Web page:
Sen. Sue Rezin (R-Morris) will serve as the committee’s co-chairperson. The other members are Sen. James F. Clayborne, Jr. (D-Belleville), Sen. Iris Martinez (D-20th), Sen. Michael Frerichs (D-Champaign), Sen. Tim Bivins (R-Dixon), Sen. Dan Duffy (R-Barrington) and Sen. Karen McConnaughay (R-South Elgin).

concealed carrySPRINGFIELD – State Senator Kwame Raoul (D-13th) filed legislation yesterday that will become a negotiated concealed carry proposal. Senate President John Cullerton designated Raoul to bring together all voices in the gun debate to develop a legislative response to Judge Richard Posner’s December ruling, which set a 180-day deadline for action. Language drafted in the course of negotiations will be added to Senate Bill 1337.

“The negotiations I lead will respect firearm owners’ constitutional protections as interpreted by the Supreme Court and lower courts, and it will acknowledge the fact that there are many law-abiding Illinois gun owners who legitimately wish to use guns for sport and self-protection,” Raoul said. “At the same time, we will also acknowledge the alarming prevalence of gun violence and the need to keep guns out of the hands of those most likely to use them for harm.”

Illinois is the last remaining state in the nation not to provide for some form of concealed carry. On Dec. 11, Judge Posner, writing for the U.S. Seventh Circuit Court of Appeals, declared unconstitutional the state’s restrictions on carrying a firearm in public. It gave the Illinois General Assembly until June 9, 2013, to change the law.

“While I respect and appreciate the attorney general’s request for review by a full panel of the appeals court, the legislature can’t ignore its responsibility,” Raoul said. “The 49 states that allow concealed carry do not have identical policies, and we need to find an approach that’s right for Illinois. But let me be clear – we must comply with the court’s mandate, and we will.”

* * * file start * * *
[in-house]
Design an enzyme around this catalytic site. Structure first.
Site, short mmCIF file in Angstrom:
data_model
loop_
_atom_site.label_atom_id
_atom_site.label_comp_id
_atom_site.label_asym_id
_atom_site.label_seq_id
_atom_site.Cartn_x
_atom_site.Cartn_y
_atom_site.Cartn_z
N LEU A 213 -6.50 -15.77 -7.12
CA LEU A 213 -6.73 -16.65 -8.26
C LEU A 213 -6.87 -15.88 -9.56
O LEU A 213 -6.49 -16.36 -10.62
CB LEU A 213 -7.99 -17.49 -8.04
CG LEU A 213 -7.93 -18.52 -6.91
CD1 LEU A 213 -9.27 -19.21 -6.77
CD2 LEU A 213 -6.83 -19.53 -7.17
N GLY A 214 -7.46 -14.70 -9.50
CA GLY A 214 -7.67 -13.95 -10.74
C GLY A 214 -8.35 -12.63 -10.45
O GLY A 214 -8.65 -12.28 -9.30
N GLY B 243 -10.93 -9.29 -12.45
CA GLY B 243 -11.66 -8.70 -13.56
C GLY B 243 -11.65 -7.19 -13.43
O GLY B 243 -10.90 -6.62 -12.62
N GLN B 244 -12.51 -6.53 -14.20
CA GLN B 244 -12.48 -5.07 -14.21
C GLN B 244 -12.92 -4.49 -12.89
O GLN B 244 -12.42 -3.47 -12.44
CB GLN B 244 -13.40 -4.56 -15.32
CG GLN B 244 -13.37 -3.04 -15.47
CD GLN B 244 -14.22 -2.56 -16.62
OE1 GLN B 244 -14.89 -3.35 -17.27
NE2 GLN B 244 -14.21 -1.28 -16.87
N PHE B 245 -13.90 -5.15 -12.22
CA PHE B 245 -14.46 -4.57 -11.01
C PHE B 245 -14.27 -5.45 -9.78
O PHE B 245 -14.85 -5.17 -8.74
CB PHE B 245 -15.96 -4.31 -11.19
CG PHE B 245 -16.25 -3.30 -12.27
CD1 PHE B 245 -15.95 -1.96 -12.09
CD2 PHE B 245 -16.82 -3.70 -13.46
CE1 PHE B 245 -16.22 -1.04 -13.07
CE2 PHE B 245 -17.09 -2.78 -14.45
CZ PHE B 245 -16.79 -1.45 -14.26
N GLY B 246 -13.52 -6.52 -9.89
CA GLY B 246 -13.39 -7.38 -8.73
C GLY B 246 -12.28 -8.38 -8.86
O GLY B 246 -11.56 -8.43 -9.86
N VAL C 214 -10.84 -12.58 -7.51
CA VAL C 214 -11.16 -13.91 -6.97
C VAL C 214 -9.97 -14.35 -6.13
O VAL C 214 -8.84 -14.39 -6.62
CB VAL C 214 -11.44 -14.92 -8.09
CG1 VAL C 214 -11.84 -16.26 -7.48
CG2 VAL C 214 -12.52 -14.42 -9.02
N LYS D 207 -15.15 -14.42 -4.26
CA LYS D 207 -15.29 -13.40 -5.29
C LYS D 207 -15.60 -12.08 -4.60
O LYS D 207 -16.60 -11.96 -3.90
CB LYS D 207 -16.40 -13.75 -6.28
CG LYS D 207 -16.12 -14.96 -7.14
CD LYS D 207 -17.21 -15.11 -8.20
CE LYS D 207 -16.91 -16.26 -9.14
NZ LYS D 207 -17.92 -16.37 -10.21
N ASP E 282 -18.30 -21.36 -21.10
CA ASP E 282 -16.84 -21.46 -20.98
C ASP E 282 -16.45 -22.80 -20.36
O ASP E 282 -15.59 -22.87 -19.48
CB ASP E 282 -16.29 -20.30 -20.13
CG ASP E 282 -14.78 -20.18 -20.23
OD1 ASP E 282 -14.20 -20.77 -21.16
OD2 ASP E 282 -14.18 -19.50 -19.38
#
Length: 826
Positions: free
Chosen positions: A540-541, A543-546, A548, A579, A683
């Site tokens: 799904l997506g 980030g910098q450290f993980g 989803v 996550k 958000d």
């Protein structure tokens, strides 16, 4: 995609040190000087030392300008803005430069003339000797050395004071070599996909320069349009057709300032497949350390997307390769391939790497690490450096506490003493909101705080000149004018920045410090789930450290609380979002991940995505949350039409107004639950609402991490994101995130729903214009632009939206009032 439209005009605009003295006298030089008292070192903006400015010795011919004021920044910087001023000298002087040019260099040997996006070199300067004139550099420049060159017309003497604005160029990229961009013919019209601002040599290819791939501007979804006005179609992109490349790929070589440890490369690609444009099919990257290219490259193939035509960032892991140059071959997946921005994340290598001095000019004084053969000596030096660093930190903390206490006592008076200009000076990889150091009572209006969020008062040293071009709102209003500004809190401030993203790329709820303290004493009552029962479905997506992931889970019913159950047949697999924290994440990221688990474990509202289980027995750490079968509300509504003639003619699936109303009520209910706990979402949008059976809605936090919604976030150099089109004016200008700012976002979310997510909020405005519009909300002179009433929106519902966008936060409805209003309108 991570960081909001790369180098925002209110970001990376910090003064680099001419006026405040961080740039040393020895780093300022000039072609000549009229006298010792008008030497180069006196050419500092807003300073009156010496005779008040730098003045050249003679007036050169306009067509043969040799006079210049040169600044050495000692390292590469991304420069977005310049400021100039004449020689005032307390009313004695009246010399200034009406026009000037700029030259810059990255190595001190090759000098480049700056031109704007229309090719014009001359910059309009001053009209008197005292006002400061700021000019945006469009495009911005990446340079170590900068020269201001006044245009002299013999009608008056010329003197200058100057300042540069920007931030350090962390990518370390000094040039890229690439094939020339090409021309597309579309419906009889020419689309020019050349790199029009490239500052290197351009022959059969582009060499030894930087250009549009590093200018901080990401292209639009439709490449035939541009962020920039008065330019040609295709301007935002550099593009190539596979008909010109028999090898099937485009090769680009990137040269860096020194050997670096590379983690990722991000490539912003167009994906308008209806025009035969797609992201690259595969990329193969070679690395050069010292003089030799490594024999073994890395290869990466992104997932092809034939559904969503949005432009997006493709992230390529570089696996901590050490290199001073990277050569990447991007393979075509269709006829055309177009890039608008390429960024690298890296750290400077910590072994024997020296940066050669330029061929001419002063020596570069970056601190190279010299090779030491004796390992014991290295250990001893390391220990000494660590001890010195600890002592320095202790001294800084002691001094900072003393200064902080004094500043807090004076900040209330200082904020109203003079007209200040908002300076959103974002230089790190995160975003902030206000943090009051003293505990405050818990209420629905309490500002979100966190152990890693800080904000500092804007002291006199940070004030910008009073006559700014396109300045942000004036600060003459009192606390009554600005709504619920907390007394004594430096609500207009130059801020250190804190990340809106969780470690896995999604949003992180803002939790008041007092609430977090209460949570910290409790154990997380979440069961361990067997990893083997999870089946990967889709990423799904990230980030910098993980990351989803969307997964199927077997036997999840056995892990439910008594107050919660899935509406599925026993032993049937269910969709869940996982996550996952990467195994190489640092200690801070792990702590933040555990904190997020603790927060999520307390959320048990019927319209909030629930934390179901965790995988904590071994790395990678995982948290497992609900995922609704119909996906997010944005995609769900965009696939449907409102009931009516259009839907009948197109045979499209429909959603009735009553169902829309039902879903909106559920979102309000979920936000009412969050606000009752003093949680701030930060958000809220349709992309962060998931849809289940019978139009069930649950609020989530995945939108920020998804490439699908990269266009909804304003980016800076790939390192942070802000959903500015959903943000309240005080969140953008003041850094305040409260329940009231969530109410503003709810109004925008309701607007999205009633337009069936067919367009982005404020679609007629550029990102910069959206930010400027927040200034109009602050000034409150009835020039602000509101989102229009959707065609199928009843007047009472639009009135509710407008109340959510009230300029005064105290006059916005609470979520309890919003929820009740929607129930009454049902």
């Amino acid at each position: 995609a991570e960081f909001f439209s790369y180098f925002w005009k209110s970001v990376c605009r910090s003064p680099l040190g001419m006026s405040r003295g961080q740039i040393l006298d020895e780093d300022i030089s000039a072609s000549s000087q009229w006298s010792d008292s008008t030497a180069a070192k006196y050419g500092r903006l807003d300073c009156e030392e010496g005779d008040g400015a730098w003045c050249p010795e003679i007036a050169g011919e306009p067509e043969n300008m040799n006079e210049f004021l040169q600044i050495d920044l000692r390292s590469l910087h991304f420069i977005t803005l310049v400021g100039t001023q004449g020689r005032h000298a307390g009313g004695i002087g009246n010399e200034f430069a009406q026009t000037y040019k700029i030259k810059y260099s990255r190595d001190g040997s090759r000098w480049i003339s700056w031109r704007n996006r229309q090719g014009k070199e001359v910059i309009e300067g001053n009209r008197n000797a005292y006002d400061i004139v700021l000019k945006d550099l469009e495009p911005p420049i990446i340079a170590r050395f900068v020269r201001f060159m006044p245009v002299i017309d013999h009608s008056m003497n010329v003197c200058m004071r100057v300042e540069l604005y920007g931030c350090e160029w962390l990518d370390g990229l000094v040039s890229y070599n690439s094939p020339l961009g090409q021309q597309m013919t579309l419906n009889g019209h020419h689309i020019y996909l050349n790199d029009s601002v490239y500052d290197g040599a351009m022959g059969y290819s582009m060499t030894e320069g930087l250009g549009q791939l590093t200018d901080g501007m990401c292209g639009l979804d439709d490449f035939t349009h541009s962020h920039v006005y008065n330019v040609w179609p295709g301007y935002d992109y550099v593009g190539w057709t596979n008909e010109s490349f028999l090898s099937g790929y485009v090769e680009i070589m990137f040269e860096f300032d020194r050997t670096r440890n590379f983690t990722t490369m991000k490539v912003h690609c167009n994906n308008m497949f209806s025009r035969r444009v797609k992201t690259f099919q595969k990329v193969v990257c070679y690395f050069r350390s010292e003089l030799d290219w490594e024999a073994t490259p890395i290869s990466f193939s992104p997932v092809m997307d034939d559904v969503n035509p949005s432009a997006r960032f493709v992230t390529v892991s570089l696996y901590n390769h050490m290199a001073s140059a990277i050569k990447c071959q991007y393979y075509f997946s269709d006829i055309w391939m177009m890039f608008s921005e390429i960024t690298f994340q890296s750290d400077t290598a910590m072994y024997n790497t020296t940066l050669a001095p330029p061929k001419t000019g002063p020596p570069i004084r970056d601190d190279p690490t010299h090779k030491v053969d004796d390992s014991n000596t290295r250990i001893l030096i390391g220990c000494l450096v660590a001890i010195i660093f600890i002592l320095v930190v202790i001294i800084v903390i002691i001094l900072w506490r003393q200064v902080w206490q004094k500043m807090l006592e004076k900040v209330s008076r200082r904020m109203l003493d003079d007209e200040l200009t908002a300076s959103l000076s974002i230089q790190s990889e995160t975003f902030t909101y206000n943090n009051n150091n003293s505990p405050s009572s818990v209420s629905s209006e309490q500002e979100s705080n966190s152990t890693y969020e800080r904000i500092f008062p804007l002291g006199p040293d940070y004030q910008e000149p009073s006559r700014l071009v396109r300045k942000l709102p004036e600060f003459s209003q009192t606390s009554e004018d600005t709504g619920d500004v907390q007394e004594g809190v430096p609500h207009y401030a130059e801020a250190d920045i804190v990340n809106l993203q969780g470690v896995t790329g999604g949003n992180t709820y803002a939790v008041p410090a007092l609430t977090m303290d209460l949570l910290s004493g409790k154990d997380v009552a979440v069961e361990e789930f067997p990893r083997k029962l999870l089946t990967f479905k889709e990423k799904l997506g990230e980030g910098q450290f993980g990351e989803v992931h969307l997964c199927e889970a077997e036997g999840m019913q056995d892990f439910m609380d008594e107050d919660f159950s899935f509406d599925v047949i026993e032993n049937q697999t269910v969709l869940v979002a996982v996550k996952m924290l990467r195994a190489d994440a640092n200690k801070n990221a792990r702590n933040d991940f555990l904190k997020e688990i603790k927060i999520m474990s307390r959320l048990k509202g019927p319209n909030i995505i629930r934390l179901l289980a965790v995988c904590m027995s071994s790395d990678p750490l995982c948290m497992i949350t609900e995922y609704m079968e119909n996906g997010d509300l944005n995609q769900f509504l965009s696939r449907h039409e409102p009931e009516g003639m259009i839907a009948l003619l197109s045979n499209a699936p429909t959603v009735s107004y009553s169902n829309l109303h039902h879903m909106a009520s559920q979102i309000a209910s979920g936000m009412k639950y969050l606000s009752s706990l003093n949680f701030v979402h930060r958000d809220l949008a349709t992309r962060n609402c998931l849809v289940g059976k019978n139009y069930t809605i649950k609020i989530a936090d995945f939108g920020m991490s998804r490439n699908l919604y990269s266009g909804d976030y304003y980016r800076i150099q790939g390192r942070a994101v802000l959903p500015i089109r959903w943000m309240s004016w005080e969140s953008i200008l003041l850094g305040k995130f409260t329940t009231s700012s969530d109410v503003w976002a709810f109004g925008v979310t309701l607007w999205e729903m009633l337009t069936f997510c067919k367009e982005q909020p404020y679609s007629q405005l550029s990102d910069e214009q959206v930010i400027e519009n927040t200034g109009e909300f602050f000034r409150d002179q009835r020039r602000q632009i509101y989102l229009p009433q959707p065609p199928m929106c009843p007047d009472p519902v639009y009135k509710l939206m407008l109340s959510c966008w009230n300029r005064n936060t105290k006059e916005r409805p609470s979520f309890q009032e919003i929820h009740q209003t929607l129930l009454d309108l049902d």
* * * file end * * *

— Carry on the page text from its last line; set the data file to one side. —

Raoul will work concurrently on legislation designed to curtail illegal gun trafficking and straw purchases. He filed Senate Bill 1334 today as a vehicle for this measure.

“We need to put in place mechanisms to trace the chain of custody so we know who is delivering guns to gang members and others who use them to injure and kill,” Raoul said. “I will also conduct this discussion within the context of deference for the Constitution and its interpretation by the courts.”

0001raoul-resizedState Senator Kwame Raoul (D-13th) will chair the Senate Judiciary Committee for the 98th General Assembly (2013-14). Senate President John Cullerton recently announced committee appointments and chairmanships.

“I’m excited to take on the leadership of this important committee, which evaluates proposals affecting the legal system and the legal rights of people and businesses throughout Illinois,” said Sen. Raoul, an attorney who practices labor and employment law.

The Judiciary Committee hears proposed legislation related to civil law. Measures the committee considered last session covered a broad range of issues, including foreclosure, corporations, family law and expanded rights for military service members. Sen. Raoul has served on committees dealing with civil law, criminal law or both in each session since his 2004 appointment to the Senate.

Sen. Raoul will continue to serve as vice chairperson of the Senate Criminal Law Committee and will also sit on the Labor and Commerce, Insurance and Public Health committees.